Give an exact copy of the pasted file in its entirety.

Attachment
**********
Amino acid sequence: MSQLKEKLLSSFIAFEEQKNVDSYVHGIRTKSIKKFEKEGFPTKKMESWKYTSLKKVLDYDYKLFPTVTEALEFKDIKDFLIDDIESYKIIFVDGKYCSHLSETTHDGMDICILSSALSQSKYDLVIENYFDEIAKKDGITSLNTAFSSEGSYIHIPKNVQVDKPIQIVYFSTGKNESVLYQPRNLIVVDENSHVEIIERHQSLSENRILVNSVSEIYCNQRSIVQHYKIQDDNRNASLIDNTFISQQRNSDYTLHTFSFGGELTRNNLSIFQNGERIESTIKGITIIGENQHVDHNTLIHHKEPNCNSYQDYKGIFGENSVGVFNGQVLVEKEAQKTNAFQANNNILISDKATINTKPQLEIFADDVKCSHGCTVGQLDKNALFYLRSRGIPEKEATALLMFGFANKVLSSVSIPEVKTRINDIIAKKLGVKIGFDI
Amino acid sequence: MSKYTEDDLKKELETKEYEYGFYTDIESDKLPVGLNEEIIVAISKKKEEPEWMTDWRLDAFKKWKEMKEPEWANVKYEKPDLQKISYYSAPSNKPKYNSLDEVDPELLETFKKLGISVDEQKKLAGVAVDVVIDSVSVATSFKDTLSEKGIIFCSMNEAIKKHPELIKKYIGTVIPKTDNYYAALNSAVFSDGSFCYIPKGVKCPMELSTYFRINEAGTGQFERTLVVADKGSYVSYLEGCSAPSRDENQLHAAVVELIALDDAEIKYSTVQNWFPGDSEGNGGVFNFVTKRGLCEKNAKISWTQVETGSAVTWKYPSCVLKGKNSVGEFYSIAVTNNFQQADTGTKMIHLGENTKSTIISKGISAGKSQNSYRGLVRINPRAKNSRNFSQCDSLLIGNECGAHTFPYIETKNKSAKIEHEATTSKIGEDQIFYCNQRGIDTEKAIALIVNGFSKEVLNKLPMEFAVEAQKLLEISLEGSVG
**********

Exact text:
Amino acid sequence: MSQLKEKLLSSFIAFEEQKNVDSYVHGIRTKSIKKFEKEGFPTKKMESWKYTSLKKVLDYDYKLFPTVTEALEFKDIKDFLIDDIESYKIIFVDGKYCSHLSETTHDGMDICILSSALSQSKYDLVIENYFDEIAKKDGITSLNTAFSSEGSYIHIPKNVQVDKPIQIVYFSTGKNESVLYQPRNLIVVDENSHVEIIERHQSLSENRILVNSVSEIYCNQRSIVQHYKIQDDNRNASLIDNTFISQQRNSDYTLHTFSFGGELTRNNLSIFQNGERIESTIKGITIIGENQHVDHNTLIHHKEPNCNSYQDYKGIFGENSVGVFNGQVLVEKEAQKTNAFQANNNILISDKATINTKPQLEIFADDVKCSHGCTVGQLDKNALFYLRSRGIPEKEATALLMFGFANKVLSSVSIPEVKTRINDIIAKKLGVKIGFDI
Amino acid sequence: MSKYTEDDLKKELETKEYEYGFYTDIESDKLPVGLNEEIIVAISKKKEEPEWMTDWRLDAFKKWKEMKEPEWANVKYEKPDLQKISYYSAPSNKPKYNSLDEVDPELLETFKKLGISVDEQKKLAGVAVDVVIDSVSVATSFKDTLSEKGIIFCSMNEAIKKHPELIKKYIGTVIPKTDNYYAALNSAVFSDGSFCYIPKGVKCPMELSTYFRINEAGTGQFERTLVVADKGSYVSYLEGCSAPSRDENQLHAAVVELIALDDAEIKYSTVQNWFPGDSEGNGGVFNFVTKRGLCEKNAKISWTQVETGSAVTWKYPSCVLKGKNSVGEFYSIAVTNNFQQADTGTKMIHLGENTKSTIISKGISAGKSQNSYRGLVRINPRAKNSRNFSQCDSLLIGNECGAHTFPYIETKNKSAKIEHEATTSKIGEDQIFYCNQRGIDTEKAIALIVNGFSKEVLNKLPMEFAVEAQKLLEISLEGSVG